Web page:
Second, the idea of "multiracial" versus "multicultural." A multiracial society would be ideal. Multiculturalism on the surface is a good idea, but it inherently has a negative aim. It pronounces differences between groups that inevitably lead to conflicts. We are seeing this development in Europe, especially, in England where Muslims are creating Sharia Law only zones. Extreme right wing groups like the National Front arise from immigrants refusing to integrate to the mainstream culture. Why would the immigrants refuse to adopt the values of their host country? Yet you can never speak about this at liberal colleges in America. There is the pervasive "demarcation of discurse" were professors vehemently refuse to acknowledge any responsibility for immigrants and blame everything on Western culture. Not to delve into conspiracy theories, but the Professors' action further aid the "divide and conquer' narrative. The professors drive the students to look for answers in right wing circles, were these ideas are openly discussed.
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Re: In Praise of Lima: Cultural vs Racial Identity

Postby tomsax » Sat Feb 27, 2016 5:08 pm

Kratistos wrote:Thank's everyone for your replies.
I wish I could answer to all of you individually. More importantly your posts inspired me to make some conceptual distinctions that are useful to our discussion.

First, the idea of flexible status. I saw some of you brought the example of a maid. While it is true that a maid can be treated unfairly her treatment can improve. A maid is performing role within Peruvian society. If she abandons this role and she can become more integrated.Her status consists of race+class. She can leave her old job,dress better and learn Spanish. In contrast, in America that integration is not possible. A person has a fixed status based on their race. A black professor can have the education, manners and nice clothing. But these traits won't stop the police from profiling him at night.They identify him as a black individual, therefore, the same stereotypes that might be associated with a black person lacking all these positive traits will apply to him. I call this essentialized self, where only one trait,skin color, determines a person's treatment.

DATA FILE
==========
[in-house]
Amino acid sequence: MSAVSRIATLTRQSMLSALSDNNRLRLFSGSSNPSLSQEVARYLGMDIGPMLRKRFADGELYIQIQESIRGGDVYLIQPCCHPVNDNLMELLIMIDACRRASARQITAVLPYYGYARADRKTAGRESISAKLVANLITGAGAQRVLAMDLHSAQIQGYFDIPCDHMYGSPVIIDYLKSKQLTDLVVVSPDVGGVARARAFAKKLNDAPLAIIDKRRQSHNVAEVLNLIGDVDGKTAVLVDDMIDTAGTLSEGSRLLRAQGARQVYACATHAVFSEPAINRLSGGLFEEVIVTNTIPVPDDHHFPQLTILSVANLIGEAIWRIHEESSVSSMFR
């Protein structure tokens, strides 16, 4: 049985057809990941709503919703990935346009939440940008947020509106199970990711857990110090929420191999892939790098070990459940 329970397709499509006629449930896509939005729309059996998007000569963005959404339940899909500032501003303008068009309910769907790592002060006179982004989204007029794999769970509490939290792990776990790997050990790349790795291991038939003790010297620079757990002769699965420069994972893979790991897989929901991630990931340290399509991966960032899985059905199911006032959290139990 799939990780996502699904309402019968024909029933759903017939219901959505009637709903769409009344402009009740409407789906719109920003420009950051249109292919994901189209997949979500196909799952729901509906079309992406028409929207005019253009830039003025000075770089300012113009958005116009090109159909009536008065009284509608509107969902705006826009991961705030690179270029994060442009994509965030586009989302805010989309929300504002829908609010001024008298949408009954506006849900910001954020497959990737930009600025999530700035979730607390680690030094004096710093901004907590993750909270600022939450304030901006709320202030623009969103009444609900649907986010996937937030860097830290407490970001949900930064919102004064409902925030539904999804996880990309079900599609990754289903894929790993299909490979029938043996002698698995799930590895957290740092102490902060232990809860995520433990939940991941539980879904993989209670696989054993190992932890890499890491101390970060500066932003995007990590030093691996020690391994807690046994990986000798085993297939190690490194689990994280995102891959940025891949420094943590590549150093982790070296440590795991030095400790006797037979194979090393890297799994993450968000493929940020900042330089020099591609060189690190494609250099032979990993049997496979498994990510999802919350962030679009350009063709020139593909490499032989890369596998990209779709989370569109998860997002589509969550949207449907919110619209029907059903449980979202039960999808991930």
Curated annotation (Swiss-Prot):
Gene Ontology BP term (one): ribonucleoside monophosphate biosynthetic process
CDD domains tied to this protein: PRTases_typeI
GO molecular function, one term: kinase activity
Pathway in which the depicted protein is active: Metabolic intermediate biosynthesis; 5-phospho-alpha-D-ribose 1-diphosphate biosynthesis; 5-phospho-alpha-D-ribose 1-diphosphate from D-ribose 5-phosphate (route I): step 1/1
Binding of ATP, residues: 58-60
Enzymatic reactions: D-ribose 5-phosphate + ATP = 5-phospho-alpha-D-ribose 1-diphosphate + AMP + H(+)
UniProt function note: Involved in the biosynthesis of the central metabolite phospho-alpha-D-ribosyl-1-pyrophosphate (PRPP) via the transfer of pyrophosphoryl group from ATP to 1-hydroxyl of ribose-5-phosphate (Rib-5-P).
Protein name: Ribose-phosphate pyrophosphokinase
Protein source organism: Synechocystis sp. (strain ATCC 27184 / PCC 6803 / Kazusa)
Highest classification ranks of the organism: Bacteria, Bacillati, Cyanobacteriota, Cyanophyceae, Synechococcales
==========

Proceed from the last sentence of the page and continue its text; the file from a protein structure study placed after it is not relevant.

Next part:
Second, the idea of "multiracial" versus "multicultural." A multiracial society would be ideal. Multiculturalism on the surface is a good idea, but it inherently has a negative aim. It pronounces differences between groups that inevitably lead to conflicts. We are seeing this development in Europe, especially, in England where Muslims are creating Sharia Law only zones. Extreme right wing groups like the National Front arise from immigrants refusing to integrate to the mainstream culture. Why would the immigrants refuse to adopt the values of their host country? Yet you can never speak about this at liberal colleges in America. There is the pervasive "demarcation of discurse" were professors vehemently refuse to acknowledge any responsibility for immigrants and blame everything on Western culture. Not to delve into conspiracy theories, but the Professors' action further aid the "divide and conquer' narrative. The professors drive the students to look for answers in right wing circles, were these ideas are openly discussed.


Why should a maid have to change the way she dresses, change her job and learn Spanish to be able to be treated fairly. I don't see why you have put the versus in the title of this post. Why should we discriminate on the basis of either race or culture. I love multiculturalism.
Tom
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Re: In Praise of Lima: Cultural vs Racial Identity